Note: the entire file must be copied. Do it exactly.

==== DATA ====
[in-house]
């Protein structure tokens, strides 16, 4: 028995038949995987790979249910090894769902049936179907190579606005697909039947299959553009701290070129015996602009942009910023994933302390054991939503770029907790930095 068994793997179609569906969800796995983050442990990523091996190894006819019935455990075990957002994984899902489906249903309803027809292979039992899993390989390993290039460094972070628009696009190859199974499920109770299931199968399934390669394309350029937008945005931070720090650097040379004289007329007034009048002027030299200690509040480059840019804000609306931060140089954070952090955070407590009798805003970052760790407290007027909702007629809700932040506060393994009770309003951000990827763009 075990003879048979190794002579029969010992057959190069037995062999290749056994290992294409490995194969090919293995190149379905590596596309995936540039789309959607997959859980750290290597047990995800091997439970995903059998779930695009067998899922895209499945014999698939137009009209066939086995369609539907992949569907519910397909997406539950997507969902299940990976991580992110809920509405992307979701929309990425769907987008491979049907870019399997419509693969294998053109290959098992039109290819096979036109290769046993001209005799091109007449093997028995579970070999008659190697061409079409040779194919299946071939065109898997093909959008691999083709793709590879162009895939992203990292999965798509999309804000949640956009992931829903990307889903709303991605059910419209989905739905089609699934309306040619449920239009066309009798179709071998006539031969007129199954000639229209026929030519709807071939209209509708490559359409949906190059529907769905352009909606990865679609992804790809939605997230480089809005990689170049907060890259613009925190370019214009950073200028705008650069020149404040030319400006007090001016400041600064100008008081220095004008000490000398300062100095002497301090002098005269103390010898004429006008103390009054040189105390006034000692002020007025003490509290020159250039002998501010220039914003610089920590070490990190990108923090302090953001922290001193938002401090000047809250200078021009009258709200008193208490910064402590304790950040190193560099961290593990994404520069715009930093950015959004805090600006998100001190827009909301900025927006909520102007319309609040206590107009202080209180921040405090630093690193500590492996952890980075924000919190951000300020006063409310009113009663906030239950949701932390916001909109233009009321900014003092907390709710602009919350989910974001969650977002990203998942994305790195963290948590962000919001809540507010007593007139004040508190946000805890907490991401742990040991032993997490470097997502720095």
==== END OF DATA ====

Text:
[in-house]
């Protein structure tokens, strides 16, 4: 028995038949995987790979249910090894769902049936179907190579606005697909039947299959553009701290070129015996602009942009910023994933302390054991939503770029907790930095 068994793997179609569906969800796995983050442990990523091996190894006819019935455990075990957002994984899902489906249903309803027809292979039992899993390989390993290039460094972070628009696009190859199974499920109770299931199968399934390669394309350029937008945005931070720090650097040379004289007329007034009048002027030299200690509040480059840019804000609306931060140089954070952090955070407590009798805003970052760790407290007027909702007629809700932040506060393994009770309003951000990827763009 075990003879048979190794002579029969010992057959190069037995062999290749056994290992294409490995194969090919293995190149379905590596596309995936540039789309959607997959859980750290290597047990995800091997439970995903059998779930695009067998899922895209499945014999698939137009009209066939086995369609539907992949569907519910397909997406539950997507969902299940990976991580992110809920509405992307979701929309990425769907987008491979049907870019399997419509693969294998053109290959098992039109290819096979036109290769046993001209005799091109007449093997028995579970070999008659190697061409079409040779194919299946071939065109898997093909959008691999083709793709590879162009895939992203990292999965798509999309804000949640956009992931829903990307889903709303991605059910419209989905739905089609699934309306040619449920239009066309009798179709071998006539031969007129199954000639229209026929030519709807071939209209509708490559359409949906190059529907769905352009909606990865679609992804790809939605997230480089809005990689170049907060890259613009925190370019214009950073200028705008650069020149404040030319400006007090001016400041600064100008008081220095004008000490000398300062100095002497301090002098005269103390010898004429006008103390009054040189105390006034000692002020007025003490509290020159250039002998501010220039914003610089920590070490990190990108923090302090953001922290001193938002401090000047809250200078021009009258709200008193208490910064402590304790950040190193560099961290593990994404520069715009930093950015959004805090600006998100001190827009909301900025927006909520102007319309609040206590107009202080209180921040405090630093690193500590492996952890980075924000919190951000300020006063409310009113009663906030239950949701932390916001909109233009009321900014003092907390709710602009919350989910974001969650977002990203998942994305790195963290948590962000919001809540507010007593007139004040508190946000805890907490991401742990040991032993997490470097997502720095």